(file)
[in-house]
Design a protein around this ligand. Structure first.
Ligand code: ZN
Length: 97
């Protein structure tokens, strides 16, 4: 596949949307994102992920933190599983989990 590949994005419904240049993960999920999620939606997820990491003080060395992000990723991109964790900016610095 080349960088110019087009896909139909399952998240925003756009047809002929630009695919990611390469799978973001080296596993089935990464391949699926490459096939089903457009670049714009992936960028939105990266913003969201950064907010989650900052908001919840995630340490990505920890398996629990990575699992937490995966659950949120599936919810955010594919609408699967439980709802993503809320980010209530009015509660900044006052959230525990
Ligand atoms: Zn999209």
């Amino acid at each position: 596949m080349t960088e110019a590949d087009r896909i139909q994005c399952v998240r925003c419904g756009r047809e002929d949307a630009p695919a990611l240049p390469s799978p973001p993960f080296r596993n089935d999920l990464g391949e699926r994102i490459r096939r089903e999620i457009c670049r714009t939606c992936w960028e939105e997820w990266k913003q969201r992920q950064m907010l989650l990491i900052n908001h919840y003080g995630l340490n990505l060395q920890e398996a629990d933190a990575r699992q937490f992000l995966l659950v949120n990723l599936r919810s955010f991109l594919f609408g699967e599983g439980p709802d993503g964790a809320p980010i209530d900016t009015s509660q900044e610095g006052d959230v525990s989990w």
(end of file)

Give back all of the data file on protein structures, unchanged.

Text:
[in-house]
Design a protein around this ligand. Structure first.
Ligand code: ZN
Length: 97
């Protein structure tokens, strides 16, 4: 596949949307994102992920933190599983989990 590949994005419904240049993960999920999620939606997820990491003080060395992000990723991109964790900016610095 080349960088110019087009896909139909399952998240925003756009047809002929630009695919990611390469799978973001080296596993089935990464391949699926490459096939089903457009670049714009992936960028939105990266913003969201950064907010989650900052908001919840995630340490990505920890398996629990990575699992937490995966659950949120599936919810955010594919609408699967439980709802993503809320980010209530009015509660900044006052959230525990
Ligand atoms: Zn999209």
């Amino acid at each position: 596949m080349t960088e110019a590949d087009r896909i139909q994005c399952v998240r925003c419904g756009r047809e002929d949307a630009p695919a990611l240049p390469s799978p973001p993960f080296r596993n089935d999920l990464g391949e699926r994102i490459r096939r089903e999620i457009c670049r714009t939606c992936w960028e939105e997820w990266k913003q969201r992920q950064m907010l989650l990491i900052n908001h919840y003080g995630l340490n990505l060395q920890e398996a629990d933190a990575r699992q937490f992000l995966l659950v949120n990723l599936r919810s955010f991109l594919f609408g699967e599983g439980p709802d993503g964790a809320p980010i209530d900016t009015s509660q900044e610095g006052d959230v525990s989990w």